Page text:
Analysis of the Behavioral Data

The statistical analyses were performed using R (version 3.6.1; https://cran.r-project.org/bin/windows/base/old/). We tested for correlations between the AD and the PC-RR tests using a one-tailed Pearson correlation test. A one-tailed test was used due to the strong expectation that the two pragmatic tests would be positively rather than negatively correlated. As the scores of the behavioral tests were found not to be normally distributed as tested by the Shapiro-Wilk normality test, a rank based inverse normal (RIN) transformation (Bishara & Hittner, 2012) was performed on the data before testing the correlations with a Pearson product-moment correlation test (see further supplemental section S1.5).

fMRI Data Analysis

The data were preprocessed and statistically analyzed with the statistical parametric mapping software SPM12 (https://www.fil.ion.ucl.ac.uk/spm/; Friston, 2007).

Preprocessing

We first performed motion correction (realignment), then coregistration of the functional images to the anatomical image, normalization to a standard Montreal Neurological Institute (MNI) space, and spatial smoothing. After realignment, the head movements in x, y, and z were checked independently. All participants had a head movement <3 mm, considering all directions. The normalization was carried out using affine regularization, and a resampling of the voxels to 2 × 2 × 2 mm was carried out using a 4th degree B-spline interpolation. During the normalization, white and grey matter segmentation and bias correction were also performed. The spatial smoothing was a 3D isotropic Gaussian smoothing kernel of full-width at half-maximum (FWHM) = 8 mm, applied to the functional data. We included a temporal high-pass filter (cycle cut-off at 128 s), to account for various low-frequency effects.

First level statistical analysis

We modeled the hemodynamic response function (HRF) for nine conditions separately and six motion parameters from the realignment using a general linear model (GLM). The first six (condition) regressors were context, question, and answer, for direct and indirect trials separately. The pause between a question and an answer was counted as part of the answer. We modeled compliance questions and the whole filler trials (i.e., speech of no interest) as one regressor. The response to the compliance question and the ITI (fixation cross) were both modeled separately. The regressors were convolved with a canonical HRF using a 2 mm within brain mask from the FSL software standard library provided in SPM12, including both white and grey matter but excluding ventricles. The (t) contrasts were (1) indirect vs. direct answer: indirect vs. direct, (2) indirect vs. ITI: indirect, (3) direct vs. ITI: direct, and (4) context vs. ITI.

Second level statistical analysis

Second level analyses were performed using contrasts defined at the first level. First, we evaluated the interaction between groups for indirect vs. direct contrast. (In the following, we will sometimes use only “interaction,” omitting the “between groups,” when referring to the second level analysis of interaction between groups.) We did this using a partitioned error one-way analysis of variance (ANOVA) between subjects with two levels: communication group and condition (indirect or direct), where the full model with the interaction is compared to the reduced model of only the main effect of condition. In Statistical Parametric Mapping software (SPM; https://www.fil.ion.ucl.ac.uk/spm/), this was implemented using the indirect vs. direct contrast from the first level, and these images were then entered in a two-sample t test with unequal errors at the second level. Following that, a [1 −1] F contrast was used to compute the interaction.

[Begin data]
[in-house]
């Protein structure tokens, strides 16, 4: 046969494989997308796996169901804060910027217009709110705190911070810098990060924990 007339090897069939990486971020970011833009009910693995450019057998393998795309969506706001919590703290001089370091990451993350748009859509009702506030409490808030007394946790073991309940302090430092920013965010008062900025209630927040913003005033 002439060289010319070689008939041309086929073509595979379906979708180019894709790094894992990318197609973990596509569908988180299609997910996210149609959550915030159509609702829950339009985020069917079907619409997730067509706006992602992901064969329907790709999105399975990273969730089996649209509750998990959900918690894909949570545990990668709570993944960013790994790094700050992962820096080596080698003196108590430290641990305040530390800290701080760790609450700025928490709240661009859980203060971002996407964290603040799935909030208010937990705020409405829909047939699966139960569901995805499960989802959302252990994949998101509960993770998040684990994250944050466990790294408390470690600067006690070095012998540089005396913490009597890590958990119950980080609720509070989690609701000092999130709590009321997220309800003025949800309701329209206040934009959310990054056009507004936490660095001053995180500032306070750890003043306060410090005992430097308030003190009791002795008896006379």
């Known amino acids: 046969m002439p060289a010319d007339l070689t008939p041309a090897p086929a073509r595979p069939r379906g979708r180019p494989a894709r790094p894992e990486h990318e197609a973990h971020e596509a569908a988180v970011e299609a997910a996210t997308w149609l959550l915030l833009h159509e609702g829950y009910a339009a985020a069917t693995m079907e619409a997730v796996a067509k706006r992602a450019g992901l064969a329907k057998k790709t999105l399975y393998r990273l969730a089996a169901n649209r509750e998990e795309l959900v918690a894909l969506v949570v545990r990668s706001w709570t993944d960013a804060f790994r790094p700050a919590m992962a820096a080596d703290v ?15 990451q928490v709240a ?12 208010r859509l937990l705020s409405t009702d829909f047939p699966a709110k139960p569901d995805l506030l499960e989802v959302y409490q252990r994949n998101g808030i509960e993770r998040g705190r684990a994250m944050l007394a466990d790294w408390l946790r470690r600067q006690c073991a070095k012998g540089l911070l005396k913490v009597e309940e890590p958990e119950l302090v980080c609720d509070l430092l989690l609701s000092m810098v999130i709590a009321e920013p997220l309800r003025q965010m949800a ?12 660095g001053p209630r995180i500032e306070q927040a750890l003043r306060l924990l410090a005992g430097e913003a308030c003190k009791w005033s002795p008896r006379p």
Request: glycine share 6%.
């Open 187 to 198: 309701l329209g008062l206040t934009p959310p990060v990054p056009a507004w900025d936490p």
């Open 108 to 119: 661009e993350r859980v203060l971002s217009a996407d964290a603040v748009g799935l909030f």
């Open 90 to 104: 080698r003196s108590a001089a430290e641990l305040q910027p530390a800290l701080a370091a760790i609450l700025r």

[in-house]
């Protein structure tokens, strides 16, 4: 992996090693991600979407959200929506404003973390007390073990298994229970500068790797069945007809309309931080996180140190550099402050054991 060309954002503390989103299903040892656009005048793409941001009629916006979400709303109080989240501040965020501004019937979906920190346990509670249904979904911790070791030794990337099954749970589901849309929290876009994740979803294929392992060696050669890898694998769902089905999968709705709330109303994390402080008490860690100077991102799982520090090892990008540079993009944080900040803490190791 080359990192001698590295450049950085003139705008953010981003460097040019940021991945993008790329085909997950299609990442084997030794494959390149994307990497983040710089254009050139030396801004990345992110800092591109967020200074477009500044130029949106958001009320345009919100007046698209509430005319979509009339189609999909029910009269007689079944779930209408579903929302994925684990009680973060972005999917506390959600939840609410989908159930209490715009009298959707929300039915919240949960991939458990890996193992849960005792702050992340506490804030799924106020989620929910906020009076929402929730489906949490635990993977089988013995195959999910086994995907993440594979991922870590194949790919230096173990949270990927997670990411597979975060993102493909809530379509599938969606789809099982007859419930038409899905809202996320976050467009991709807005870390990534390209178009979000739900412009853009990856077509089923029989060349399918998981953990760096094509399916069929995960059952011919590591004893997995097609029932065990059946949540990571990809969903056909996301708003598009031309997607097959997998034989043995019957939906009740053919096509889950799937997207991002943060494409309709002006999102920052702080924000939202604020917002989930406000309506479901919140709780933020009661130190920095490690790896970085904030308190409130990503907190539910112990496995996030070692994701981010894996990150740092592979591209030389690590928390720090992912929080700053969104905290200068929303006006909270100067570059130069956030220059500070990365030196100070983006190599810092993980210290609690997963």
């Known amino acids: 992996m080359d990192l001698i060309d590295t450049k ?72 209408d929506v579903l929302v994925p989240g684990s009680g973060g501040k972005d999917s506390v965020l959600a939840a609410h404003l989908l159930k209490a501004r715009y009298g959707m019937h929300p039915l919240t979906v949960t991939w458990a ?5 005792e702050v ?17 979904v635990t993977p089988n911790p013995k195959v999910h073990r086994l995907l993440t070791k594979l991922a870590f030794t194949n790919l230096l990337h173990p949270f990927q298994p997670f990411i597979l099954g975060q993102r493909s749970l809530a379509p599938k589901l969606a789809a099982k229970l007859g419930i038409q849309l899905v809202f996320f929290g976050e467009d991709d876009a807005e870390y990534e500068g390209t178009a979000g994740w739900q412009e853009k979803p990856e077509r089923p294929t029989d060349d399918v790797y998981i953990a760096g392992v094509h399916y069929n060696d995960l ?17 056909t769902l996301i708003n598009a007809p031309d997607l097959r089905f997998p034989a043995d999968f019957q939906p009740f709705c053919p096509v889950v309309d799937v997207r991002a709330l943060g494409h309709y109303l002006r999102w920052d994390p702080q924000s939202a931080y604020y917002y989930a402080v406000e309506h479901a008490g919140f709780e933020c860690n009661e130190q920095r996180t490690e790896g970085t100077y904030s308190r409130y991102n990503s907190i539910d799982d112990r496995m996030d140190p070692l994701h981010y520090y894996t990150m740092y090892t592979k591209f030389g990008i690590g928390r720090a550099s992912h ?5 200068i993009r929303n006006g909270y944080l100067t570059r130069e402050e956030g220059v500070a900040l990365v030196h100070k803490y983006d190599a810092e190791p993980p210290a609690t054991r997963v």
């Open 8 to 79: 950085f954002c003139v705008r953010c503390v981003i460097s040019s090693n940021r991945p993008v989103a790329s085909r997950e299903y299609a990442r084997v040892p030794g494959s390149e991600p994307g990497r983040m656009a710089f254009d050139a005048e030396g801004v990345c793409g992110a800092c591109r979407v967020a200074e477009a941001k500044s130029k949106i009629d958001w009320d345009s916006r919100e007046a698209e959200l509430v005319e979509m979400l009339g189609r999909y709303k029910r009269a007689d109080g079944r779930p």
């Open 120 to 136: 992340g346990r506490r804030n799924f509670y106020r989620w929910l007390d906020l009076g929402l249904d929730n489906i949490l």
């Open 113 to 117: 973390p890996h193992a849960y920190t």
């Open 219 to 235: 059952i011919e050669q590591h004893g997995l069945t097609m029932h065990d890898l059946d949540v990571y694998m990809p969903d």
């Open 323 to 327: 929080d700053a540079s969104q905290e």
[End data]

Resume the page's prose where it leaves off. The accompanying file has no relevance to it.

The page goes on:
We applied a cluster-forming threshold of puncorrected = 0.001 (no extent-level threshold, k = 0). As a multiple comparison correction method, we used family wise error (FWE) correction at the cluster and peak level, as implemented into SPM. For this F test, we report all clusters with a pFWE < 0.05. For each cluster we also report the test-statistic of the voxel (peak), if there is a peak with pFWE < 0.05. We do not report any additional voxels, even if significant at pFWE < 0.05.

We also compared the indirect and direct contrasts between the HS and LS groups using a two-sample t test with unequal errors and a [1 − 1] F contrast. In addition, we investigated indirect vs. direct for both groups together and for each group separately, using a one-sample t test (as implemented in SPM by a [1] T contrast).

As the literature reports lateralization in the lateral parietal lobe in the context of pragmatics (Ciaramidaro et al., 2007), we tested whether our left lateralized results were indeed significantly different from the corresponding region in the right hemisphere. To further investigate an activation in the parietal lobe (see Results), the average (across voxels in the cluster) indirect vs. direct first-level contrast values (i.e., signal values, not beta-values) from the cluster (and its mirror in the yz plane) were thus extracted using Marsbar software (Brett et al., 2002). A paired t test between the left parietal cluster contrast values and the corresponding values in right regions was then carried out to test for significant lateralization.